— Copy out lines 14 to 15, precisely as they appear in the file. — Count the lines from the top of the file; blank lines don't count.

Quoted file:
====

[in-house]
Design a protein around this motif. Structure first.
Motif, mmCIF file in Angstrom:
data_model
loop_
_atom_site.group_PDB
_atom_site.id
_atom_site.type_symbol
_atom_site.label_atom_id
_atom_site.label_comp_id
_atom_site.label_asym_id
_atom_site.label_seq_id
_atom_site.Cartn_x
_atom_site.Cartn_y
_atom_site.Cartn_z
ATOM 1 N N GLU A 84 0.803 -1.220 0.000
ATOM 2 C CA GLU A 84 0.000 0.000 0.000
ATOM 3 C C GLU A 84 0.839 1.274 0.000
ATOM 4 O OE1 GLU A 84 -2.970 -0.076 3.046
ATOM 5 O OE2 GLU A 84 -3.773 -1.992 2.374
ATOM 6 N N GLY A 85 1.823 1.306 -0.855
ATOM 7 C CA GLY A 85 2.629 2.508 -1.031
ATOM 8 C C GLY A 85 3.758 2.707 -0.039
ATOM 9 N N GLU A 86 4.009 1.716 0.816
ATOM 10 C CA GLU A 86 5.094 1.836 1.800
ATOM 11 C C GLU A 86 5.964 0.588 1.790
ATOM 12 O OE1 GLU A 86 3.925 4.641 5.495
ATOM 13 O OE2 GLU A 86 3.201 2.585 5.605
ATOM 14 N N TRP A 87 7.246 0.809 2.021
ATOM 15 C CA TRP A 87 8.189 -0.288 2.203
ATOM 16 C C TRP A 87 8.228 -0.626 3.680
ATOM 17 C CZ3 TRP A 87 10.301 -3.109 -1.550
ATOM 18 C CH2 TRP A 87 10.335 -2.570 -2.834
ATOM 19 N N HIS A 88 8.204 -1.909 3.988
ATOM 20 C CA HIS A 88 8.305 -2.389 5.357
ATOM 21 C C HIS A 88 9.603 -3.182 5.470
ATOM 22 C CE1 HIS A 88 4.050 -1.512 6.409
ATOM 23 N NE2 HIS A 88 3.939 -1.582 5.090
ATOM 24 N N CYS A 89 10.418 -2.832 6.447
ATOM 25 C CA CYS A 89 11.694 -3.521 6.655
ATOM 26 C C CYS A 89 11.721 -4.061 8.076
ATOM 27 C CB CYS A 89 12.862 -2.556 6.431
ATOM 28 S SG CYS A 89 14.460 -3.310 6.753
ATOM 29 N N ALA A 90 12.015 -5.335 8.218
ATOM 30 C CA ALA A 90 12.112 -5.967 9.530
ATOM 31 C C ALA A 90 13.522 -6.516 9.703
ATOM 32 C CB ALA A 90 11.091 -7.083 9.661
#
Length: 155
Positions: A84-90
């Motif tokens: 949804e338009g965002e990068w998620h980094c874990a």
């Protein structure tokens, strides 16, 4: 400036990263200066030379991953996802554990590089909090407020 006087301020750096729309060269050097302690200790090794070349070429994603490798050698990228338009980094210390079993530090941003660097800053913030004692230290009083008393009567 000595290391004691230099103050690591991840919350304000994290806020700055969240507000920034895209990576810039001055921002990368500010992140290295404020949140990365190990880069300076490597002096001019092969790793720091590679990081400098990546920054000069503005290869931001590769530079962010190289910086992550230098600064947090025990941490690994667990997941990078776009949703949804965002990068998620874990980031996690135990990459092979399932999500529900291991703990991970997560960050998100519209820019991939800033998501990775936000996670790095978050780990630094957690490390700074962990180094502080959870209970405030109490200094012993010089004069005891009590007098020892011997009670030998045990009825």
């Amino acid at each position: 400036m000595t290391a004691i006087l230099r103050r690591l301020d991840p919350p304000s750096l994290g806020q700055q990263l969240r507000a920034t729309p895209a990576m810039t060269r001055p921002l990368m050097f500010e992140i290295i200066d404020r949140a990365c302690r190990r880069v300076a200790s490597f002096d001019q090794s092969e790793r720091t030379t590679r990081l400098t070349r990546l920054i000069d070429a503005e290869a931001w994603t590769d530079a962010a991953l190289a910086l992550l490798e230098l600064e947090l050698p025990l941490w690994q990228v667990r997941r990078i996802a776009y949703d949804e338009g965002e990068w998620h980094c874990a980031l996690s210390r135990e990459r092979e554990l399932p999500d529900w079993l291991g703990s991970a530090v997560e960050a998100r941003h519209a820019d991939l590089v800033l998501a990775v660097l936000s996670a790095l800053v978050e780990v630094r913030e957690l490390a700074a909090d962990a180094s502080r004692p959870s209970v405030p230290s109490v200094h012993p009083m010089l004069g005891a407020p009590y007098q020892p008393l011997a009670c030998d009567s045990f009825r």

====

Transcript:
_atom_site.Cartn_y
_atom_site.Cartn_z